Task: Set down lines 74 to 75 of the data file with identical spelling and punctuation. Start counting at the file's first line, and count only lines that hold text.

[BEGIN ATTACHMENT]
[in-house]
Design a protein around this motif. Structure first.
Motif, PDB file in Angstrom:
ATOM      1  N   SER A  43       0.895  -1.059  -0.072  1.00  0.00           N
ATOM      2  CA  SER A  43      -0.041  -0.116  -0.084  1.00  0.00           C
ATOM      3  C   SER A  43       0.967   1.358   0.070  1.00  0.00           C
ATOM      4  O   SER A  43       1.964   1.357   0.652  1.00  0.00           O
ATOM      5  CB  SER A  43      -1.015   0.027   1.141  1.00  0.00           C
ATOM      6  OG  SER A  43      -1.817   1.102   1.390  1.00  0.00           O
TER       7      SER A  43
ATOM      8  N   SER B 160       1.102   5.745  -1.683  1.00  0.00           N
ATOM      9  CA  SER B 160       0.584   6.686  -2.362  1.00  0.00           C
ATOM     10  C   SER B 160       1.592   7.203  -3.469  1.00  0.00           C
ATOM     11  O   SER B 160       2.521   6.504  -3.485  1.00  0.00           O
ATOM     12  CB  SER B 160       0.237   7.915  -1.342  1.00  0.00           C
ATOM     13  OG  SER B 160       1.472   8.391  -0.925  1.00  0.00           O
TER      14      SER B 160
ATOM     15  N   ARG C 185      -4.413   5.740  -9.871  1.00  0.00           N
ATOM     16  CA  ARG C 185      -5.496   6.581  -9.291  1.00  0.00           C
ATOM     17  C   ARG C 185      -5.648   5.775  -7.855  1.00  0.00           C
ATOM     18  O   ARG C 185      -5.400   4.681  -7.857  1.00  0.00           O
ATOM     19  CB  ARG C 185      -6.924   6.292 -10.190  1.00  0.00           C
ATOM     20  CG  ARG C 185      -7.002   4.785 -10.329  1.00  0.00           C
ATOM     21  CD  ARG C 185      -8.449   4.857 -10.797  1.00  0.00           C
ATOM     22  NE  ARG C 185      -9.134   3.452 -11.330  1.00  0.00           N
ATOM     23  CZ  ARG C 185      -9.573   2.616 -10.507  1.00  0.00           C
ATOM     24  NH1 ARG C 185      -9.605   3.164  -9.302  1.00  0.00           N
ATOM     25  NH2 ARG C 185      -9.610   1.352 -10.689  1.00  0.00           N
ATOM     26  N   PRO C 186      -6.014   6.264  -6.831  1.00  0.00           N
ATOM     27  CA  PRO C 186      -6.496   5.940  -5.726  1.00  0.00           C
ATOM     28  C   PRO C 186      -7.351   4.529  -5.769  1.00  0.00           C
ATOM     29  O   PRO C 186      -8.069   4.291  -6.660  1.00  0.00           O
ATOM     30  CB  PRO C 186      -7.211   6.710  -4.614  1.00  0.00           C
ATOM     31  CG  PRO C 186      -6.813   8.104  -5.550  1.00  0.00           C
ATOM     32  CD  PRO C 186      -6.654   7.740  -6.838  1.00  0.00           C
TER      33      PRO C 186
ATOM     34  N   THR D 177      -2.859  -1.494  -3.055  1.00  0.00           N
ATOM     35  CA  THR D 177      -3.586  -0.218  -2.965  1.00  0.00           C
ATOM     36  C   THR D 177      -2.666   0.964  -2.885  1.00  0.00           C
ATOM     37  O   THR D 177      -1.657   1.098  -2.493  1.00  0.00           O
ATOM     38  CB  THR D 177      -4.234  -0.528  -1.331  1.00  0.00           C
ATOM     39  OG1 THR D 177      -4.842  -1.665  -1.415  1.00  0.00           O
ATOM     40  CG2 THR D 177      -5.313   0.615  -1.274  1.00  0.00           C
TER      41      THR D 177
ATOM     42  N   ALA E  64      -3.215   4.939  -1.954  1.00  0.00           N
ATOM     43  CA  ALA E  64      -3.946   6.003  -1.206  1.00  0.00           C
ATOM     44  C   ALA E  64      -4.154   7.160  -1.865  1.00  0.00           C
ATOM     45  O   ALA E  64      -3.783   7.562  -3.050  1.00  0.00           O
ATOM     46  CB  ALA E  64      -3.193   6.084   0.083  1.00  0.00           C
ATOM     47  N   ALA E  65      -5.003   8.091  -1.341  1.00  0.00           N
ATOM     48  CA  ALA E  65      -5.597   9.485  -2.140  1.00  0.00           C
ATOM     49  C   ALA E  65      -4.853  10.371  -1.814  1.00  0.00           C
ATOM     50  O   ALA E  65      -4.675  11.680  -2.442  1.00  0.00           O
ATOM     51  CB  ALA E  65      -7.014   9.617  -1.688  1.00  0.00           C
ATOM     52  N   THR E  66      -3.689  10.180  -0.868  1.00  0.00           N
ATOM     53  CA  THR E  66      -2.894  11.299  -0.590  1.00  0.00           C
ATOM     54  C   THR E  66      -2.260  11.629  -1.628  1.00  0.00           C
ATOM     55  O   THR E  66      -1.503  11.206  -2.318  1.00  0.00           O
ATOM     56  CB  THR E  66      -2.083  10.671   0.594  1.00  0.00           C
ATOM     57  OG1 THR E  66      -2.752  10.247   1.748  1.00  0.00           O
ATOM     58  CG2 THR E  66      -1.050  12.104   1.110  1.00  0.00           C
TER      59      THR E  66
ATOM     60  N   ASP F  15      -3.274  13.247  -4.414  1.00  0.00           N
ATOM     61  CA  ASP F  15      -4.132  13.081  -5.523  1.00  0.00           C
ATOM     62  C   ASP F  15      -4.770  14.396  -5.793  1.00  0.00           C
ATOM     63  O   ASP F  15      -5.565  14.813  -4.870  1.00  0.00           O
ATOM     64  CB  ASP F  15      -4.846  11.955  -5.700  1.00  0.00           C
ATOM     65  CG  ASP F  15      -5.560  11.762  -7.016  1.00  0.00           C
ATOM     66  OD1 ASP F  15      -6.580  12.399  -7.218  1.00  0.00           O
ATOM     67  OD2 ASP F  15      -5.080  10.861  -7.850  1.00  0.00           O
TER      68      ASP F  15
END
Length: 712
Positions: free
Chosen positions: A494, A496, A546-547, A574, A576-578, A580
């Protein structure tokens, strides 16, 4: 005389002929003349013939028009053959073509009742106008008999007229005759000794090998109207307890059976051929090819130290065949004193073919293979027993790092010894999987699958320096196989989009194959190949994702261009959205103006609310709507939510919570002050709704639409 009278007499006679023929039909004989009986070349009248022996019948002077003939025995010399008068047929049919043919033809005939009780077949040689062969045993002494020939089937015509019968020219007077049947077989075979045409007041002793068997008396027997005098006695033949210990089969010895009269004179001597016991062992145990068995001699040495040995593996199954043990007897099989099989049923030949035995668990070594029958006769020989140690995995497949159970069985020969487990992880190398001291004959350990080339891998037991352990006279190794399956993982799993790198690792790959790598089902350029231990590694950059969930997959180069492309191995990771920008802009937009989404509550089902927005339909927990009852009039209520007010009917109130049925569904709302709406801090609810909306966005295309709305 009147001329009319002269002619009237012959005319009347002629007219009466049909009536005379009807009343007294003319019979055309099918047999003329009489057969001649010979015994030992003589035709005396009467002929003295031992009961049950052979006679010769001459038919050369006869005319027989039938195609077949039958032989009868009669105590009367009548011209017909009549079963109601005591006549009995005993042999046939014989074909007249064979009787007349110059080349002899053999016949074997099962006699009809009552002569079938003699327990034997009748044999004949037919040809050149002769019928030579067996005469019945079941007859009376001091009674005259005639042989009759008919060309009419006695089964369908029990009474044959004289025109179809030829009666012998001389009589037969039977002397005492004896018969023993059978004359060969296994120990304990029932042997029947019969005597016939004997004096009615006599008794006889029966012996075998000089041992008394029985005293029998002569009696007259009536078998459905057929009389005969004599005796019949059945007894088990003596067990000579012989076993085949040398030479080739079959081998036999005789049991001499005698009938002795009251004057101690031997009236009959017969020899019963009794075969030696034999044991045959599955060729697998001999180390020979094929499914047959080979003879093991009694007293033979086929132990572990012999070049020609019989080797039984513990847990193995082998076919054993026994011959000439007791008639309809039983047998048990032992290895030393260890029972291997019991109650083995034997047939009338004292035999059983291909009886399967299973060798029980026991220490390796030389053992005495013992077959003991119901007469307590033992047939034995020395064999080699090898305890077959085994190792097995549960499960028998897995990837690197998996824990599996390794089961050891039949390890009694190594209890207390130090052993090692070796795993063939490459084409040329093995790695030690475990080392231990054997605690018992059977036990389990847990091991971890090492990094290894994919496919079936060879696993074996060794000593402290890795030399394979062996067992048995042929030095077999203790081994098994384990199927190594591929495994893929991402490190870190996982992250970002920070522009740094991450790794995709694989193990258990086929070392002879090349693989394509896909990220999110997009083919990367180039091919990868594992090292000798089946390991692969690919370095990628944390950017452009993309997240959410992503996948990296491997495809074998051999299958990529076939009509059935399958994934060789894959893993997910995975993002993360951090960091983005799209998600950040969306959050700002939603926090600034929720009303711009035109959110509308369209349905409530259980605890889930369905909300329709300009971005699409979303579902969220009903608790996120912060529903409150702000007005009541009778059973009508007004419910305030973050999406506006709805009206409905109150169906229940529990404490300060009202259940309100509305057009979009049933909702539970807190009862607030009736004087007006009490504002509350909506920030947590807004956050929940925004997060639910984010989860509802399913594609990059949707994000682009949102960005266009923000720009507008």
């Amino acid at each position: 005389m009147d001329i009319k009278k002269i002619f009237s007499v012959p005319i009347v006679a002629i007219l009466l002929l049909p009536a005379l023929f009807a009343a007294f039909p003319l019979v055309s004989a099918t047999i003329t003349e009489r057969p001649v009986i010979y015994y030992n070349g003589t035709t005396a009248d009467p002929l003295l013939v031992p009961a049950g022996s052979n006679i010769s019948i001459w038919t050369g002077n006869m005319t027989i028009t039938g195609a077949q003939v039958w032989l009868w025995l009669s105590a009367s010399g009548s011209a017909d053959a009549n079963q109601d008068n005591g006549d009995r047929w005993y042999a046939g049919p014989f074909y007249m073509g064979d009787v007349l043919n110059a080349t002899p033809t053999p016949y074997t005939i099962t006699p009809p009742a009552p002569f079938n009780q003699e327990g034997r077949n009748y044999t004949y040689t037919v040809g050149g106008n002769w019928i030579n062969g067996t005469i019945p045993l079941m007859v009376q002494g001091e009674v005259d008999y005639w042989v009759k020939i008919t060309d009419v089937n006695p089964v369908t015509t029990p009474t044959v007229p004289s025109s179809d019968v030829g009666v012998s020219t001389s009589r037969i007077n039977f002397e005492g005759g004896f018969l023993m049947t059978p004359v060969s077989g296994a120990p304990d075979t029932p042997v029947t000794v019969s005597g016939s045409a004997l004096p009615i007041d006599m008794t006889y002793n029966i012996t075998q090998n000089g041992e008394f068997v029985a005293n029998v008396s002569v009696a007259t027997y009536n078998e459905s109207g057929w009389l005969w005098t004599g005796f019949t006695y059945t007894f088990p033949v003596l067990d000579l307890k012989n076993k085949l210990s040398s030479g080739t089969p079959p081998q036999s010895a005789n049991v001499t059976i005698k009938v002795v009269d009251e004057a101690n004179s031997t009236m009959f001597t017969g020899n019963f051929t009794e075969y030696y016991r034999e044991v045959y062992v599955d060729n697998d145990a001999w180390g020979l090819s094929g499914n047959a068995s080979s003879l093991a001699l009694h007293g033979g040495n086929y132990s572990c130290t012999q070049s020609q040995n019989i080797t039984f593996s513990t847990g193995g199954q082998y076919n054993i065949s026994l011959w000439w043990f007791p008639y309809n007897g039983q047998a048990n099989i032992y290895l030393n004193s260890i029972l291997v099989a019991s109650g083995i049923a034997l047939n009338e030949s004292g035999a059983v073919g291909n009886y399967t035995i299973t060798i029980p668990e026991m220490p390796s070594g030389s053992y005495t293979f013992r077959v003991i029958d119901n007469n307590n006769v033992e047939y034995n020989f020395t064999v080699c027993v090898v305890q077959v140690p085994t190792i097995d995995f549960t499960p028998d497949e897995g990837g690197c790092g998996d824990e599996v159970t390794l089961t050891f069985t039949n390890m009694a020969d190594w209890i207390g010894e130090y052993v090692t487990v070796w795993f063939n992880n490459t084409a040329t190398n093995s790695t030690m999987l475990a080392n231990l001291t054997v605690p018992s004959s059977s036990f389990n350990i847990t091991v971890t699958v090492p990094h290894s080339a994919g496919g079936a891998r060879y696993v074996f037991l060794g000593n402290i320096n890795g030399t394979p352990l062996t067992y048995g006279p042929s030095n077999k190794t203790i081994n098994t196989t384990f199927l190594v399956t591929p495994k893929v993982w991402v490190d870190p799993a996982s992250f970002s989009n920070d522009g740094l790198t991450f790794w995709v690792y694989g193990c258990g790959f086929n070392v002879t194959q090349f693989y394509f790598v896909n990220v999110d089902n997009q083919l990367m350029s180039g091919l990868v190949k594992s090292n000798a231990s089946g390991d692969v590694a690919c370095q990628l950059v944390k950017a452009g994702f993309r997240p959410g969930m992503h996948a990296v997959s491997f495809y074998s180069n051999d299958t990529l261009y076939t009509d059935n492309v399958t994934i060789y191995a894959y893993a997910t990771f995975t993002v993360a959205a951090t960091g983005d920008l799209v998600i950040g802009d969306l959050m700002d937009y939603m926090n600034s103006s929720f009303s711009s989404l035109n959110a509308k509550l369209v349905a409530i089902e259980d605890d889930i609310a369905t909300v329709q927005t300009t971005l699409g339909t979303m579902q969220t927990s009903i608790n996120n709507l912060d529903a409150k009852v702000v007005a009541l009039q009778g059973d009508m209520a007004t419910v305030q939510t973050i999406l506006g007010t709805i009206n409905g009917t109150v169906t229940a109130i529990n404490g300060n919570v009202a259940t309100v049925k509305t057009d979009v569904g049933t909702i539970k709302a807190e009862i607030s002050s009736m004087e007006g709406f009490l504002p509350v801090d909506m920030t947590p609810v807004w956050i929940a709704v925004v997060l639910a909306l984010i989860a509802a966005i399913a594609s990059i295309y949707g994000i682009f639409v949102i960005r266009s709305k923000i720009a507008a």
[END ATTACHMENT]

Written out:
Positions: free
Chosen positions: A494, A496, A546-547, A574, A576-578, A580